The news this week that Square CFO Sarah Friar is resigning surprised employees and outside investors alike, leaving both groups trying to predict what it means for the $28 billion payments company to lose its second-in-command.
Like spurned lovers bewildered by a breakup, both Square staffers and analysts echoed similar sentiments: By all appearances, things were going well. Friar was active and engaged. There were no signs that this was coming.
"We traveled with Ms. Friar just two weeks ago and saw no signs of this move as she was fully engaged and enthusiastic throughout our day of meetings," wrote Robert Napoli, analyst at William Blair, in a note Wednesday.
One staffer described the sense of unease that spread through Square's Market Street headquarters once CEO Jack Dorsey's memo hit people's inboxes on Wednesday afternoon, breaking the news to staff that Friar will leave in December to join Nextdoor as CEO.
"My first reaction was to text all of my closest coworkers," said another staffer. "She's beloved. I was surprised at first and then I felt very proud of the way Jack responded to it."
To many employees at Square, staffers said, Friar is a highly-regarded and motivating executive, who's kept the ship steady while Dorsey focused on vision. Though CFO since 2012, she had taken on a more diverse role in recent months, according one staffer, and was heavily involved across other aspects of the business.
As soon as Dorsey shared the news with the staff, Friar sent her own email thanking her team and explaining why she decided to join Nextdoor, employees said.
"It was super positive. It's bitter sweet. But everyone is very happy for her," one person said.
Employees described her lovingly as type-A and the opposite of Dorsey in her managerial approach — him the creative, and her the more realistic executor.
They balanced each other out, one employee said, adding that there's a joke at the company that Dorsey — who's known for his rigid diet and exercise routine — is always trying to get Friar to start meditating.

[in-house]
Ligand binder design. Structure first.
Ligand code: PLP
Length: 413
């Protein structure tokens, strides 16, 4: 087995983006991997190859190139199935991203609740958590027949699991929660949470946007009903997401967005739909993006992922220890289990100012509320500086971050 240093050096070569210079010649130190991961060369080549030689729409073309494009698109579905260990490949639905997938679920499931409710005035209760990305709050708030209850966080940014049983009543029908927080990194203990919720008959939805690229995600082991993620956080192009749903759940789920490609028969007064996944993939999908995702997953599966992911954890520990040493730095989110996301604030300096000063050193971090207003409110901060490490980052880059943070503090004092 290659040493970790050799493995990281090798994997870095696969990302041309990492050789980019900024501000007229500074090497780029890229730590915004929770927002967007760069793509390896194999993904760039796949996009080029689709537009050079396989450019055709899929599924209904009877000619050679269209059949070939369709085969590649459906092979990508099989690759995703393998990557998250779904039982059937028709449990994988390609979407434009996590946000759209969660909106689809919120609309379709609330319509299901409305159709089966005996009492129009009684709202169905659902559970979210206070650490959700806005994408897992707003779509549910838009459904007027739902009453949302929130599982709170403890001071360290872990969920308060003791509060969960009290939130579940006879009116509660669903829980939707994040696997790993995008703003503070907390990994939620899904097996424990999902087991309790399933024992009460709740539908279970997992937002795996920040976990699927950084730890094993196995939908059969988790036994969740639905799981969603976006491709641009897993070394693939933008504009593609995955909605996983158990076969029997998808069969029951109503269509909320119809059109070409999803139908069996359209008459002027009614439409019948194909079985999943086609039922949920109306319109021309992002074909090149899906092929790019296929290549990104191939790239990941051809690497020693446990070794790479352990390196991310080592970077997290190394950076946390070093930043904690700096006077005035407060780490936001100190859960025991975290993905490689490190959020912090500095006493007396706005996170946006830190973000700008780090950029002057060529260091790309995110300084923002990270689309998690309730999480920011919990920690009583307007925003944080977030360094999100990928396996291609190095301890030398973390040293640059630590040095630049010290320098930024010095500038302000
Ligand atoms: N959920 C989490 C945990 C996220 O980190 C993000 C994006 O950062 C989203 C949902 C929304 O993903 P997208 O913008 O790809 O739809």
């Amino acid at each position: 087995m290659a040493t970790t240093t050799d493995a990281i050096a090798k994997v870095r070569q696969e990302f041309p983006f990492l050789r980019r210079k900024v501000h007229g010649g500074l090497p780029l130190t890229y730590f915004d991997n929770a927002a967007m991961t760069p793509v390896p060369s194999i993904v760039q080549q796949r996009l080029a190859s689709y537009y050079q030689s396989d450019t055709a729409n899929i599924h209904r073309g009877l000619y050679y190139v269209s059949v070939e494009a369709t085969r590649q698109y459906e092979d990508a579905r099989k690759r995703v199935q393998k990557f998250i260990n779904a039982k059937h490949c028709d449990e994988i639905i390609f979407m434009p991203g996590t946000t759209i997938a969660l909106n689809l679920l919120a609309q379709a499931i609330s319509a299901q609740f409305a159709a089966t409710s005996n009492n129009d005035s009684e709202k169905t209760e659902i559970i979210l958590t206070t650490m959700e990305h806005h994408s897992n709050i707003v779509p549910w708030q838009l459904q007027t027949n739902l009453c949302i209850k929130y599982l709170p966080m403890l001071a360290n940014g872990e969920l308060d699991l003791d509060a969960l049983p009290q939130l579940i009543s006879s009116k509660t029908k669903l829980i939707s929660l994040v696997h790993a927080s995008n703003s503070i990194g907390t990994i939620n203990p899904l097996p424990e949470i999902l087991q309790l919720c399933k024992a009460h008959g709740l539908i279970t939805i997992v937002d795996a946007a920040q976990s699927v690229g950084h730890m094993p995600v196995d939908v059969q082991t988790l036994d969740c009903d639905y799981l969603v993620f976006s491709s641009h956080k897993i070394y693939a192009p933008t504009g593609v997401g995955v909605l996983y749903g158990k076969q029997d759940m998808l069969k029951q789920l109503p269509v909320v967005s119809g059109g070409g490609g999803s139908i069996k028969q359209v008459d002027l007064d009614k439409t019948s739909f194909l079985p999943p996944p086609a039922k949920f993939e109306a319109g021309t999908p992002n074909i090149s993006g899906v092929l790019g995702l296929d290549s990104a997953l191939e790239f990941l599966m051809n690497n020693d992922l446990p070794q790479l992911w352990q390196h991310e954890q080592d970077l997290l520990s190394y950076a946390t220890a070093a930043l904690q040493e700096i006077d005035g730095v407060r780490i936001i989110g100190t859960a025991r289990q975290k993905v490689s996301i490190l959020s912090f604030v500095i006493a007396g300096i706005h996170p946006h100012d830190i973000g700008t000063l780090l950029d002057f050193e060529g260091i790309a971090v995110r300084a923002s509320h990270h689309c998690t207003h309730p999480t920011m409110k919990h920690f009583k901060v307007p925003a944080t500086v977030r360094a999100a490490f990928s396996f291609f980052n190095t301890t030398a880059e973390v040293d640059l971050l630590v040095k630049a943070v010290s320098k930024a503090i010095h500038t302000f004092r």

While employees appreciated this dynamic, Wall Street shared some concerns that it might be a problem for Dorsey down the road.
"Ms. Friar’s level of leadership has been an important aspect affording Mr. Dorsey ample leeway to perform as a dual CEO, in our view," wrote Citi analyst Peter Christiansen, in reference to Dorsey's other gig as CEO of Twitter. "Whether it’s true or not, there is clearly a perception by many outside of the company, investors and press alike, that Ms. Friar essentially ran the company."
Friar's announcement — which came during Wednesday's market-wide selloff — brought the stock down more than 30% from its all-time high on October 1 of $101.15.
While utter surprise was a common theme in Wall Street's response to the news, analysts had mixed views about what this means for Square in the longrun.
Mark Palmer at BTIG, a longtime skeptic, maintained his "sell" rating on the stock and reiterated a price target of $30, even though the stock traded around $70 after the initial selloff on Thursday.
"We believe Friar’s pending departure from SQ introduces a significant new element of uncertainty into the company’s story that may further weigh on its valuation," Palmer wrote.
But other analysts kept the stock rated at "buy" or "hold," with many noting that Dorsey's stated reason for Friar's departure — to pursue her dream of being a CEO — was not cause for alarm.
Still, analysts noted, her departure is difficult for the investor community, as she was the main point of contact at Square for many people on Wall Street.
"Ms. Friar has been pivotal in managing Street expectations,and helped the company deliver consistent 'beat and raises,' in our view," wrote Morgan Stanley analyst James Faucette.
"We don’t believe there’s much to read into Ms. Friar’s departure as she’s leaving to take on a CEO role and will assist with the transition," wrote Steven Kwok, analyst with Keefe, Bruyette & Woods. "However, it’s a tough loss for the company given that she was well respected by the Street and investors, which is likely leading to the shares being down after-hours."
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